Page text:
February 11, 2005


On Message (Joseph Braude, 02.11.05, New Republic)

The Democrats had their rebuttal to the State of the Union address last week; yesterday Al Qaeda offered its own. Ayman Al Zawahiri, the organization's number two, broadcast a recorded message about five minutes in length on Al Jazeera around noon, eastern standard time. In it, he offered an alternative take on the meanings of "freedom" and "reform." Al Zawahiri's speech represents a departure from the Al Qaeda addresses of recent memory, most of which amounted to direct threats of violence targeting Western and Muslim regimes (including, needless to say, their civilian populations). This statement, by contrast, was not so much threat as political argumentation, and the audience was not Western but rather Arab and Muslim. Implicit in Al Zawahiri's speech was an acknowledgement that the United States is now actively competing in the war for hearts and minds in Muslim countries--leaving Al Qaeda no choice but to engage America at the level of politics and ideas. The irony, however, is that Al Zawahiri seemed in his speech to be entering the realm of politics precisely to make clear what Al Qaeda won't do politically: namely, countenance the entrance of Islamists into the democratic arena.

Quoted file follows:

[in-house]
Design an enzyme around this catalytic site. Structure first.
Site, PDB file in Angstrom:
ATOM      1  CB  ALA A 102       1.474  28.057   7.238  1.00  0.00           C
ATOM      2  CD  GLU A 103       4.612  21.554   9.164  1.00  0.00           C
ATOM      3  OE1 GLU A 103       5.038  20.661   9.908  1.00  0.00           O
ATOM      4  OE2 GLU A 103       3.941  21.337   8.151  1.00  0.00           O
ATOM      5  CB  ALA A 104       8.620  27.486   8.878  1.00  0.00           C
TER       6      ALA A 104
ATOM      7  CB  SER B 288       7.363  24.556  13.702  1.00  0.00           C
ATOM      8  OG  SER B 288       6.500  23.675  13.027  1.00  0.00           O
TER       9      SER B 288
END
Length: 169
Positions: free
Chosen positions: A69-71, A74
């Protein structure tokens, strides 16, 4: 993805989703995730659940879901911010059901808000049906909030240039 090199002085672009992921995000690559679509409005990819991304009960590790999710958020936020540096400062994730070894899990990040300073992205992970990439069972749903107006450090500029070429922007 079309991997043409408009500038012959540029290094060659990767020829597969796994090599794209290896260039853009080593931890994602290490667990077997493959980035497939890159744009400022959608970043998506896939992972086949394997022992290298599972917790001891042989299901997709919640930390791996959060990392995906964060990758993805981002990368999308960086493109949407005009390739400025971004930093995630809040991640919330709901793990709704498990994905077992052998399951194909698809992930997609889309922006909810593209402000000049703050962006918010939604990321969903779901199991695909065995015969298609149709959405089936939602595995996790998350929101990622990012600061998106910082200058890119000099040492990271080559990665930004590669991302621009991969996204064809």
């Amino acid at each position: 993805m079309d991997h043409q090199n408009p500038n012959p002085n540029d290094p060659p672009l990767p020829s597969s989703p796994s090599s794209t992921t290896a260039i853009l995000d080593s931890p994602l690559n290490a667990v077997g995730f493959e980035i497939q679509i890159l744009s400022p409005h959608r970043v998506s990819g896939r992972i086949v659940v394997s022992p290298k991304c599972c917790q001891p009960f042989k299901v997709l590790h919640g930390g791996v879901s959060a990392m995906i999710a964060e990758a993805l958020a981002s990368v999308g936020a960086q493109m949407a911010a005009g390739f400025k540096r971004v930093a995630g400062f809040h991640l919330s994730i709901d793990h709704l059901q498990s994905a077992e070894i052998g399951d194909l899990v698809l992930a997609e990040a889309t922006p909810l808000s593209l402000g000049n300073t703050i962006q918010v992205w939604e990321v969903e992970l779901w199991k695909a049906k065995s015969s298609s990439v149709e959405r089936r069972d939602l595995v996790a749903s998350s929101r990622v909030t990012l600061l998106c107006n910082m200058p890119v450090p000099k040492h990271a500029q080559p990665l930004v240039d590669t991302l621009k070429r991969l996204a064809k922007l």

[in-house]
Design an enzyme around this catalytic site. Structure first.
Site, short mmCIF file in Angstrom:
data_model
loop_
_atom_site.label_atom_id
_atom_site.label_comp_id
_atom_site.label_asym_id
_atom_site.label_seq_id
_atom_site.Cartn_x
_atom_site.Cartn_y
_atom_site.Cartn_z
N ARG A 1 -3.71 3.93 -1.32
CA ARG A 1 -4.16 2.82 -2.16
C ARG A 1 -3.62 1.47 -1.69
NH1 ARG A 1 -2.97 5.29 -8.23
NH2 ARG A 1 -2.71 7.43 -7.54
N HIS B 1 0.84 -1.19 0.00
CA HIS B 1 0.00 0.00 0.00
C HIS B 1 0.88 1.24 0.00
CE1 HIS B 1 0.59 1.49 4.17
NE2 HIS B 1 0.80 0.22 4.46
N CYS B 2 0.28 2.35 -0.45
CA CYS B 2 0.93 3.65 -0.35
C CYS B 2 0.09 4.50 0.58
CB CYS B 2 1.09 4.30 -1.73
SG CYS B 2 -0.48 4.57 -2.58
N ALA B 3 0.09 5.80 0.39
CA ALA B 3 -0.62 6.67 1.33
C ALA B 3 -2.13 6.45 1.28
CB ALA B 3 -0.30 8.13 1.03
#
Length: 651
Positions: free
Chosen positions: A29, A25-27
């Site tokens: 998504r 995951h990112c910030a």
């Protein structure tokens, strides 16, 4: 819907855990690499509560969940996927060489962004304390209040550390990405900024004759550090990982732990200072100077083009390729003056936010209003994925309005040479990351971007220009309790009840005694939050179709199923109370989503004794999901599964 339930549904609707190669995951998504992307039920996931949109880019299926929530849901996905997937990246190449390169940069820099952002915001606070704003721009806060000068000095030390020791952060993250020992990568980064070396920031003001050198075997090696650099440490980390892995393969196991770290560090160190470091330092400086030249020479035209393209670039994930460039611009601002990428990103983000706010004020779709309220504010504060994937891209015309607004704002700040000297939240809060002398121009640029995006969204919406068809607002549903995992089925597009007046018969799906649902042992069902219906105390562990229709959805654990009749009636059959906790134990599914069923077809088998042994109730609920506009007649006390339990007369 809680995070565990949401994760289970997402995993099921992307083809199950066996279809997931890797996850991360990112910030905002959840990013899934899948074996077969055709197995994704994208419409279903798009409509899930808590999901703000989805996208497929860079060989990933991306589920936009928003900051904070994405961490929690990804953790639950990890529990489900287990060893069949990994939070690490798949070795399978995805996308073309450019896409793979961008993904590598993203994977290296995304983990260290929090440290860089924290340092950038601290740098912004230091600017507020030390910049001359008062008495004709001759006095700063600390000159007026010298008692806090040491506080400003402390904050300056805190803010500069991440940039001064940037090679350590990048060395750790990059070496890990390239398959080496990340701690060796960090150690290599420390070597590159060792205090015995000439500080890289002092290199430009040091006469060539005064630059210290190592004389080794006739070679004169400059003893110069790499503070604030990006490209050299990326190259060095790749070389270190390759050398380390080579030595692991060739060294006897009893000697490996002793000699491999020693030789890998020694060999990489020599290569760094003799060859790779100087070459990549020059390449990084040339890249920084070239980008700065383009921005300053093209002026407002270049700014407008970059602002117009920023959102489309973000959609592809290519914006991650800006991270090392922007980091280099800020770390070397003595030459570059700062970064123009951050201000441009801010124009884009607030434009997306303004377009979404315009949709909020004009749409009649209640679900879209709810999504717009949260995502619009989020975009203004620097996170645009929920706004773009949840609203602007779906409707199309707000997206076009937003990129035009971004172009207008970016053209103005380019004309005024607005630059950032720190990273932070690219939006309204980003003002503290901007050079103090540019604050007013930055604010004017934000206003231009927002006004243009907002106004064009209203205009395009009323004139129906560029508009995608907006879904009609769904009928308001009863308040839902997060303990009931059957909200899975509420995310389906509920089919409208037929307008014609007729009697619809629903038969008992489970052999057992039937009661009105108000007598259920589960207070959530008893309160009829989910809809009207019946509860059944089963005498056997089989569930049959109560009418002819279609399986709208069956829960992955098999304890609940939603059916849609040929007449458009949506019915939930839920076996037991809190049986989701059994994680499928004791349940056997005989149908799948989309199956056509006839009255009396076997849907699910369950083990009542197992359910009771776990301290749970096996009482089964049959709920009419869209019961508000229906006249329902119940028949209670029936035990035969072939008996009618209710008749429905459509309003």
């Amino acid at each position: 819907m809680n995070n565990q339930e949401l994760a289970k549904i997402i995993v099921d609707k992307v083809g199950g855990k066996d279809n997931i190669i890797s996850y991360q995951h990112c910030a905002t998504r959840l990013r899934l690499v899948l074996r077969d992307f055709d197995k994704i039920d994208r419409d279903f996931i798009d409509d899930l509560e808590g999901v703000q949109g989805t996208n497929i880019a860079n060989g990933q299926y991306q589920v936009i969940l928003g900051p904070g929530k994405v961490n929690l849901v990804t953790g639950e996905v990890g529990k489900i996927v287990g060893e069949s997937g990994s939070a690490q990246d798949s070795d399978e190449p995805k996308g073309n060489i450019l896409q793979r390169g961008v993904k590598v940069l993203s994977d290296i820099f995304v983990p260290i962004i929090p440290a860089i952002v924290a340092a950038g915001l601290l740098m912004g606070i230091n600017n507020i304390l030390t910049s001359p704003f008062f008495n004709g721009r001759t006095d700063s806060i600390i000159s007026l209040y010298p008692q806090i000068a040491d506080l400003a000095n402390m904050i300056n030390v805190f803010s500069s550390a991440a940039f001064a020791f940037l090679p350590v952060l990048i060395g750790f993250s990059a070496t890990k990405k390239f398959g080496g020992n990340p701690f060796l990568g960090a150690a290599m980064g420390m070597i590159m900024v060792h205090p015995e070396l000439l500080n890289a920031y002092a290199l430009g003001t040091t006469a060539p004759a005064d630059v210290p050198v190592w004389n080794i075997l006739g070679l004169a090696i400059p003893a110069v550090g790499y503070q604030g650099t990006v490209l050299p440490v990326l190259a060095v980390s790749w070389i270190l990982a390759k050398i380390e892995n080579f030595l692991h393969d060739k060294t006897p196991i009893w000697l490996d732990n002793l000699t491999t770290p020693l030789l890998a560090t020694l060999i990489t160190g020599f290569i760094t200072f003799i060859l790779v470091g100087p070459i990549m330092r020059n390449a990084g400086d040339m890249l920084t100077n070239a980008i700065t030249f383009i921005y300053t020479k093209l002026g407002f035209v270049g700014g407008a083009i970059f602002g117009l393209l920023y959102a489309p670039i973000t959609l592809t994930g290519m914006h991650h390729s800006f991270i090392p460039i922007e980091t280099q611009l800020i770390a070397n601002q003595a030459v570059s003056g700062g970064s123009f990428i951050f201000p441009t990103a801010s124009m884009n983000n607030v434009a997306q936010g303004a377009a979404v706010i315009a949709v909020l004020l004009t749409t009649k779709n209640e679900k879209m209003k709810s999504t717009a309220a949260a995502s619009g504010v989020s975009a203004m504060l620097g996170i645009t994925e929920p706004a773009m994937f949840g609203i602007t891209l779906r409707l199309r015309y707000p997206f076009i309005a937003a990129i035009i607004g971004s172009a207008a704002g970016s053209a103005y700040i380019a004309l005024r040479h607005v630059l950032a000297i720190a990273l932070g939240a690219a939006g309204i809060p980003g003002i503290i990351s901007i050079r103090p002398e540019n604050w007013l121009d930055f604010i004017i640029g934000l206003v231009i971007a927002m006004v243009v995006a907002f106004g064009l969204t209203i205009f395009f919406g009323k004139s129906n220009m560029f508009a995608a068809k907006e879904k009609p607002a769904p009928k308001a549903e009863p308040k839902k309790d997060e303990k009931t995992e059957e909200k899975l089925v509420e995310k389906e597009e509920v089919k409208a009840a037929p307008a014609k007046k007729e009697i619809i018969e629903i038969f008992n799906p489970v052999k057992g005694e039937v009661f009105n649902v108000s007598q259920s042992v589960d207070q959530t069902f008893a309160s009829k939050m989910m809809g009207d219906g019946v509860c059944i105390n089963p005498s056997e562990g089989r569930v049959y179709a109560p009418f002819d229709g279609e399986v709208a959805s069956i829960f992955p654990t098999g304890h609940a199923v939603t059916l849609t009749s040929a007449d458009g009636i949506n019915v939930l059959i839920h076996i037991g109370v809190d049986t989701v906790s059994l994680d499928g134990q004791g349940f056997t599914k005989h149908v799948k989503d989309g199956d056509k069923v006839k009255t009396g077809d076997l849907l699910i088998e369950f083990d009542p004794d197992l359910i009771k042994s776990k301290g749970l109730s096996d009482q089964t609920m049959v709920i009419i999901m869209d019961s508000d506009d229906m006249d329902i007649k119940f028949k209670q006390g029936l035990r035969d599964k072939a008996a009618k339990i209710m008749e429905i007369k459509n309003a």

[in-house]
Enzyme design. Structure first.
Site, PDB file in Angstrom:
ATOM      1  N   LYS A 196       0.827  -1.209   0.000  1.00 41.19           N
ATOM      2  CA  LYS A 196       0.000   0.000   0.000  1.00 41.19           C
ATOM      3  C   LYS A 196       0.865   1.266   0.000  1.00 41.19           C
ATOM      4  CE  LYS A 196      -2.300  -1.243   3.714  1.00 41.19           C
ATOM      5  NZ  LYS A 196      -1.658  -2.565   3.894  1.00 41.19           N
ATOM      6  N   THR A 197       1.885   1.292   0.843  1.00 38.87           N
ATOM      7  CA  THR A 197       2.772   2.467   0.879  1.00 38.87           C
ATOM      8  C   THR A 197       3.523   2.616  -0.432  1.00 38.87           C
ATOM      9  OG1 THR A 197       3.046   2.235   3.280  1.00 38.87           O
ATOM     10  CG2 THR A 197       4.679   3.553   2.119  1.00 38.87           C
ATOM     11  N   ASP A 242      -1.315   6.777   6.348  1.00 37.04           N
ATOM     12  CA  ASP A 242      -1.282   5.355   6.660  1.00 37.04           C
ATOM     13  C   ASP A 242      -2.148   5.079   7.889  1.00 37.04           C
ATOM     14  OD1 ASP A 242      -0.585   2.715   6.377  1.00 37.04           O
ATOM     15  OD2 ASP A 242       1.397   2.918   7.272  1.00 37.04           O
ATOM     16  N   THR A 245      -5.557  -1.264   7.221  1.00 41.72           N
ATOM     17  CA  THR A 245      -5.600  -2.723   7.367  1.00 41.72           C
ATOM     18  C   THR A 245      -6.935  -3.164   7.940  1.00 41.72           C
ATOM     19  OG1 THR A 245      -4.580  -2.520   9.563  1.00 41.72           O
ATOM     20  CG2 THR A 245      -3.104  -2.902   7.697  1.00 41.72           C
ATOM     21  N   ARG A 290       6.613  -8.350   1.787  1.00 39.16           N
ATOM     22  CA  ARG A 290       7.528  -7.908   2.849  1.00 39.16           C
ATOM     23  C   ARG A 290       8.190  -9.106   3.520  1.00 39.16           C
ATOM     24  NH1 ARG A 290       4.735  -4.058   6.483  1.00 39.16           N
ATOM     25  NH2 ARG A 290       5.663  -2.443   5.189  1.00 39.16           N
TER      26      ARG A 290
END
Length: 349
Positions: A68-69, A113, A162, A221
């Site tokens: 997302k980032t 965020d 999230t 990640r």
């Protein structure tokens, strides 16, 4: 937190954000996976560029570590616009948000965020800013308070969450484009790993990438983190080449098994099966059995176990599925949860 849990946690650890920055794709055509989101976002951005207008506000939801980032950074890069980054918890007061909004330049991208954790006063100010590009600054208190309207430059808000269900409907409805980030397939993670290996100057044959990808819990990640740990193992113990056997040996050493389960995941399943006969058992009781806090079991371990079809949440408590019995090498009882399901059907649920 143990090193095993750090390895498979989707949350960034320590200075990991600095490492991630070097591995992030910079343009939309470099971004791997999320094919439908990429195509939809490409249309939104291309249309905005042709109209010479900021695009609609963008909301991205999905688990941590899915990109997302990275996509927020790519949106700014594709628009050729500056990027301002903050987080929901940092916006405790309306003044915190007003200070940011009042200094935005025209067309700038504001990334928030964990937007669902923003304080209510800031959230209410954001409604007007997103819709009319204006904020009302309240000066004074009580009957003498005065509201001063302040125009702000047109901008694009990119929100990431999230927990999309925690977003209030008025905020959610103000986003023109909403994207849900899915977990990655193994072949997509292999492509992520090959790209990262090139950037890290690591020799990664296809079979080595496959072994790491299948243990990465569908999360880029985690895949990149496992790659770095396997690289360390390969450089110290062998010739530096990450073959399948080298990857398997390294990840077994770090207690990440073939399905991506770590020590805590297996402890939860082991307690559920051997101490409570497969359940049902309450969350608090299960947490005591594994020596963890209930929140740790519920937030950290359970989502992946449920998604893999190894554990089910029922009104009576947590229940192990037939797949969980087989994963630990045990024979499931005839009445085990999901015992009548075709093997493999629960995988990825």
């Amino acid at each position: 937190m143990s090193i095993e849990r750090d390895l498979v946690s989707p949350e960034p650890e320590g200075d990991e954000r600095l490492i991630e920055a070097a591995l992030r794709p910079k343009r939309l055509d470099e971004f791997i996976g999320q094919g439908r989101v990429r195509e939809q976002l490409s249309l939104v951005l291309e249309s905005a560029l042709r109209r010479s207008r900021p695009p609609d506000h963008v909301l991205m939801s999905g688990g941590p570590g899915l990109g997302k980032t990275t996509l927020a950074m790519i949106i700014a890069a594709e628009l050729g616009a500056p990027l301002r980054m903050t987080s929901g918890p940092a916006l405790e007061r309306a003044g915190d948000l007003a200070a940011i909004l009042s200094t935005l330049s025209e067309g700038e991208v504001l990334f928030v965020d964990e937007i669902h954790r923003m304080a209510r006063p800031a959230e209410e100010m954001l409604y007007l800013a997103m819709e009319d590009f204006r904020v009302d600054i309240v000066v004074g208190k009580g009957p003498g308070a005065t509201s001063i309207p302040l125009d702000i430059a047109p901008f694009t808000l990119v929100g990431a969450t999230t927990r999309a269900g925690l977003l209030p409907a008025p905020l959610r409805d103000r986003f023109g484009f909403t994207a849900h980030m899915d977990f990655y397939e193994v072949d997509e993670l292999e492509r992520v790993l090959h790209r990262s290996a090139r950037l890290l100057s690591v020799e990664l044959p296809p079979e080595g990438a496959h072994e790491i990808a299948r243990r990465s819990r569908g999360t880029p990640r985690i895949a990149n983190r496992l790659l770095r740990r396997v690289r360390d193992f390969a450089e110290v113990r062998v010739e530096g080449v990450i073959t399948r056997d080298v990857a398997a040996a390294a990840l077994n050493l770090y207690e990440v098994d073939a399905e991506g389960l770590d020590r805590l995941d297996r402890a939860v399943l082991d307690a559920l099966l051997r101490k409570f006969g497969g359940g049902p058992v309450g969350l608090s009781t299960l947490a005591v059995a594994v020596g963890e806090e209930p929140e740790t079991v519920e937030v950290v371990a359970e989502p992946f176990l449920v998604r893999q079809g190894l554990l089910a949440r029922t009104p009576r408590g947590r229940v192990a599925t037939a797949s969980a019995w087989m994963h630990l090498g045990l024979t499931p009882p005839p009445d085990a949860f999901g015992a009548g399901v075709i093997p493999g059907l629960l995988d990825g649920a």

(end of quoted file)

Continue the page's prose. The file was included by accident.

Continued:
While the comparison to the Democrats is apt, where does he get the "now" and what's ironic about Zawahari acknowledging exactly what the President has said all along? Reminds you of the similar Martin Walker piece the other day.

Posted by Orrin Judd at February 11, 2005 7:57 PM
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